PHILIPPINES: Interactive Dialogue after the Report of the UNSR on Extrajudicial, Summary or Arbitrary Executions

An Joint Oral Statement to the 8th Session of the UN Human Rights Council from World Council of Churches (WCC), the International Association of Democratic Lawyers (IADL), the Asian Legal Resource Centre (ALRC), and the Phiilppine NGO delegation

PHILIPPINES: Interactive Dialogue after the Report of the UNSR on Extrajudicial, Summary or Arbitrary Executions

Thank you Mr.President.

This is a joint statement by the World Council of Churches, the  International Association of Democratic Lawyers (IADL), the Asian Legal Resource Center (ALRC), and the Philippine NGO delegation.

Mr. President, we take this occasion to thank Professor Alston for his meticulous research and intensive study of the documents, interviews and evidence he was able to gather in his mission to the Philippines to look into the spate of extrajudicial killings that have and continue to plague our country.  We commend and fully support his findings during his 10 day-investigative mission.

Prof. Alston concluded that “two underlying causes are the reasons behind these killings: a counter-insurgency program being carried out by the administration, and no convictions being made against perpetrators.”

Indeed, Prof. Alston in his report correctly and succinctly concluded that state security forces have been involved in many of the killings of left-wing activists, indigenous leaders, trade union and farmer leaders and civil society organization members and that the military remains in a “state of denial” over these killings.

This conclusion of a UN special mandate holder does not speak well of a member of this august Council that is supposed to set the highest standards of human rights promotion and protection among the members states, and has in fact, pledged voluntarily to maintain and practice such standards.

One year after the abduction and disappearance of Jonas Burgos, an activist denied by the military to be under their custody, Dr.Edita Burgos, his mother, who is here again with our NGO delegation for this session, is still looking for her son.

Mr. President, may we know from the Special Rapporteur  if there have been any indications from the Philippine government if changes have been made in the counter-insurgency program it is implementing since this is one of the reasons that engenders the killings and other human rights violations?  May we know what the government response is to his recommendations of abolishing the IALAG?  We are interested to know of the response of the government to the SR’s recommendations in general.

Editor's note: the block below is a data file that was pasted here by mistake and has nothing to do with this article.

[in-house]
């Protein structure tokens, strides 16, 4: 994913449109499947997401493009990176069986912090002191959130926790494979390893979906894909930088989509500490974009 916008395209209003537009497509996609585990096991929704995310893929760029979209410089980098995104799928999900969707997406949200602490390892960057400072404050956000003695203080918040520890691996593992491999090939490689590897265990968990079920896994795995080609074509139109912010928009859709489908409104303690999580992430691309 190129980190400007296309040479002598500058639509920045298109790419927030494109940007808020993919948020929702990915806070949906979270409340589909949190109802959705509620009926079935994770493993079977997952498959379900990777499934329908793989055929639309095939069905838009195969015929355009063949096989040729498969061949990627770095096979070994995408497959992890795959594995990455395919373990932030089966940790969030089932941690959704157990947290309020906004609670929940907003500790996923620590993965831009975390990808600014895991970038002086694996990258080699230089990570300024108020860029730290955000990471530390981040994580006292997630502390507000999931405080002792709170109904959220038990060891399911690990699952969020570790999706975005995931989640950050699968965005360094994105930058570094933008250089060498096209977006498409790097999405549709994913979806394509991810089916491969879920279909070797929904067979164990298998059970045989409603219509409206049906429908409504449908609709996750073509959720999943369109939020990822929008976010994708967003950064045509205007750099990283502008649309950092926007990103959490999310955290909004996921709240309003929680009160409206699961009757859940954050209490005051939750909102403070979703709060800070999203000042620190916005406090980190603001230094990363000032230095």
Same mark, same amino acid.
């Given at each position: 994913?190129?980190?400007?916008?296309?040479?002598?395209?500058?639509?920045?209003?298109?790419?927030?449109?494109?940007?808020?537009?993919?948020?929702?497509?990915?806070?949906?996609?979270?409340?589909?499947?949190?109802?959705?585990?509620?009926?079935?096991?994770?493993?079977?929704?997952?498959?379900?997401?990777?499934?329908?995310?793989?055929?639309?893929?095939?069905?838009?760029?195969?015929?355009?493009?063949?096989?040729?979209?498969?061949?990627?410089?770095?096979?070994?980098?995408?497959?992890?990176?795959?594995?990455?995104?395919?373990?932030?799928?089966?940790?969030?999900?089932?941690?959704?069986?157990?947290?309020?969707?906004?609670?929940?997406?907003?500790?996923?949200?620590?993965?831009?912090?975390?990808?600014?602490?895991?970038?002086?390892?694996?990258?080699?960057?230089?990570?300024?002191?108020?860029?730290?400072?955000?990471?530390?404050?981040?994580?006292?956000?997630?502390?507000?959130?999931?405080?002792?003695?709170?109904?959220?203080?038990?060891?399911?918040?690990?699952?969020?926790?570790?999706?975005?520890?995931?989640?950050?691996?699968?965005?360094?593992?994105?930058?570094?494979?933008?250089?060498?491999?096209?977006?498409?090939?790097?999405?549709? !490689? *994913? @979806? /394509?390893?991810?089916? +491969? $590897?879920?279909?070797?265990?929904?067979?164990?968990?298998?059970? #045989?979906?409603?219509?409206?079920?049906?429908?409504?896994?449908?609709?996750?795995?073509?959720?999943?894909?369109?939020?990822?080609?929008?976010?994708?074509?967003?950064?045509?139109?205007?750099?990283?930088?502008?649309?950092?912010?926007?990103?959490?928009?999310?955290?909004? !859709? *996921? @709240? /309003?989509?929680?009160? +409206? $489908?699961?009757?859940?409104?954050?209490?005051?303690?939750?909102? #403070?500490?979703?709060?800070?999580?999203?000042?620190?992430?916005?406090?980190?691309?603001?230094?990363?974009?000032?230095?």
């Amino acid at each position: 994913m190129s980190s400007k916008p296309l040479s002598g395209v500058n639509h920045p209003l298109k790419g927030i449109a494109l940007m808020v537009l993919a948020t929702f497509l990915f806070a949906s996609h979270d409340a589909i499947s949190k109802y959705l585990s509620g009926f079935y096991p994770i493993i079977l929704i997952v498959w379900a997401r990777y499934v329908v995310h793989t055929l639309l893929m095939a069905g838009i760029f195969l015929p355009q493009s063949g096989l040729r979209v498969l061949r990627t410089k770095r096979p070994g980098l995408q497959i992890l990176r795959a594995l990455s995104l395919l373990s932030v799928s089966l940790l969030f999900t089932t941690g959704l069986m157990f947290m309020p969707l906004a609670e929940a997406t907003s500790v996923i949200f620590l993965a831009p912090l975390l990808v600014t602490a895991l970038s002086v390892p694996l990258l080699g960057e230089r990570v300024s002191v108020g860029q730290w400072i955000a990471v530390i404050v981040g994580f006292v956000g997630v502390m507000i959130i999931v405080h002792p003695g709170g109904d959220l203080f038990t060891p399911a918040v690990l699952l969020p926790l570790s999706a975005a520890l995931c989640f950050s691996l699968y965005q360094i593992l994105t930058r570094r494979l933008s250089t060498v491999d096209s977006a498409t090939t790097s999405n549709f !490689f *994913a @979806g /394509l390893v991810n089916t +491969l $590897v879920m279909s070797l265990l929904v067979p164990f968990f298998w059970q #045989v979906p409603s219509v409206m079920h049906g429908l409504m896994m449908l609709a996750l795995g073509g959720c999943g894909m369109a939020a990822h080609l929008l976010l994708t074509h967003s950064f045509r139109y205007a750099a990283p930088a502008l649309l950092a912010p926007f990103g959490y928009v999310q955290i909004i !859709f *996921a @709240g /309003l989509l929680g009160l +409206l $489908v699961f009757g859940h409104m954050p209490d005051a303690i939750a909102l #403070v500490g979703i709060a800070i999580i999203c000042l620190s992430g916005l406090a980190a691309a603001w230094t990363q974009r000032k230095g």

May we also know what steps have been taken on the case of the witness to the SR who was killed after giving her testimony?

Mr. President, this year alone, our organization has already documented a total of 13 victims of extrajudicial killings and two victims of enforced disappearances and many victims of abductions.  Reports of military abuses have already displaced thousands of villagers in Mindanao, Samar, Quezon and Negros islands, as well as other forms of violations happening in the militarized areas.

Human rights defenders who document these cases have received heightened threats and harassments.  The labeling as “communist fronts” of civil society organizations by military and other government agencies, which Prof. Alston recommended that it stop, continues nonetheless  to this day.

Mr. President, during the Philippine UPR, the government had reported of measures to address the killings.  However, up to now we have yet to see a perpetrator convicted and punished for the crime.  The enumerated measures, we feel, will not solve the problem unless the counter-insurgency policy changes and the other recommendations made by the Special Rapporteur are seriously carried out.

Further, may we know what the Council will do to ensure that our government will work in cooperation with the Special Rapporteur to implement the recommendations Prof. Alston has drawn up?

We urge this body to thoroughly review the record of the Philippine state in upholding the rights of its citizens.  Let not the cries for justice of the victims of extrajudicial killings, enforced disappearances, torture and other human rights violations fall on deaf ears and exacerbate the conflict in the land.  For it is when looking the other way while human rights violations are committed and not doing anything to correct them that our own humanity is eroded and justice becomes a mockery.

We reiterate our call for this body to keep pursuing our government to stop the extrajudicial killings and other human rights violations by adopting and genuinely carrying out the recommendations of Prof. Alston.  We exhort this body to show more resolve in truly and effectively putting to task its members in upholding and respecting the rights of its own people.

Thank you, Mr. President